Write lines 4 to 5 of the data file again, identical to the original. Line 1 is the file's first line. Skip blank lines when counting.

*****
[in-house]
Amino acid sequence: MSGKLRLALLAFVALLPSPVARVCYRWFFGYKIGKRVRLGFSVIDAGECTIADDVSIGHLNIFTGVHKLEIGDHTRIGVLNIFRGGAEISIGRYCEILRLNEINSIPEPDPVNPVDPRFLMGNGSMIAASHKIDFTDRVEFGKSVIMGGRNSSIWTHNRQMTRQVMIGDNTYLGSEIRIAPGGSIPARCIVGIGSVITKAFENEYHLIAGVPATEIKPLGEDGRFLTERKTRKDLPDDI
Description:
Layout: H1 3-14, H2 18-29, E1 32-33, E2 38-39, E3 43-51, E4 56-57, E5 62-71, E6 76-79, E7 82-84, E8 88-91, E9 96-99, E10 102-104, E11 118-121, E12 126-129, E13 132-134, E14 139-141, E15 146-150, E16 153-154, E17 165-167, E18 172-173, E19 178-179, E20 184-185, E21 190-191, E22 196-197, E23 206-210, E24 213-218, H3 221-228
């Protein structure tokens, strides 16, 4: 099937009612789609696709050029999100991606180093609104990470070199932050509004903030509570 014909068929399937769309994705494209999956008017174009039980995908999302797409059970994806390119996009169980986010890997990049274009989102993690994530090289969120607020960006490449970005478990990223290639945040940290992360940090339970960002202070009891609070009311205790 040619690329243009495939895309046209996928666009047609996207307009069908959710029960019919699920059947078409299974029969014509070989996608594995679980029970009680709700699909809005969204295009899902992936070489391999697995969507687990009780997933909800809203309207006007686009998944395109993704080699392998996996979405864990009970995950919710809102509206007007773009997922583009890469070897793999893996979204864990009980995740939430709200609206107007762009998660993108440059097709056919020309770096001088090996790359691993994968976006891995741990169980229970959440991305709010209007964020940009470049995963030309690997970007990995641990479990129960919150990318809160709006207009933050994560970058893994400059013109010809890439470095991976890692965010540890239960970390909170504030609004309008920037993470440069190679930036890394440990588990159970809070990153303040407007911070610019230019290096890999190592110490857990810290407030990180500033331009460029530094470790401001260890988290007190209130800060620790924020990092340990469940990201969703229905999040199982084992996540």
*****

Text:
Layout: H1 3-14, H2 18-29, E1 32-33, E2 38-39, E3 43-51, E4 56-57, E5 62-71, E6 76-79, E7 82-84, E8 88-91, E9 96-99, E10 102-104, E11 118-121, E12 126-129, E13 132-134, E14 139-141, E15 146-150, E16 153-154, E17 165-167, E18 172-173, E19 178-179, E20 184-185, E21 190-191, E22 196-197, E23 206-210, E24 213-218, H3 221-228
């Protein structure tokens, strides 16, 4: 099937009612789609696709050029999100991606180093609104990470070199932050509004903030509570 014909068929399937769309994705494209999956008017174009039980995908999302797409059970994806390119996009169980986010890997990049274009989102993690994530090289969120607020960006490449970005478990990223290639945040940290992360940090339970960002202070009891609070009311205790 040619690329243009495939895309046209996928666009047609996207307009069908959710029960019919699920059947078409299974029969014509070989996608594995679980029970009680709700699909809005969204295009899902992936070489391999697995969507687990009780997933909800809203309207006007686009998944395109993704080699392998996996979405864990009970995950919710809102509206007007773009997922583009890469070897793999893996979204864990009980995740939430709200609206107007762009998660993108440059097709056919020309770096001088090996790359691993994968976006891995741990169980229970959440991305709010209007964020940009470049995963030309690997970007990995641990479990129960919150990318809160709006207009933050994560970058893994400059013109010809890439470095991976890692965010540890239960970390909170504030609004309008920037993470440069190679930036890394440990588990159970809070990153303040407007911070610019230019290096890999190592110490857990810290407030990180500033331009460029530094470790401001260890988290007190209130800060620790924020990092340990469940990201969703229905999040199982084992996540």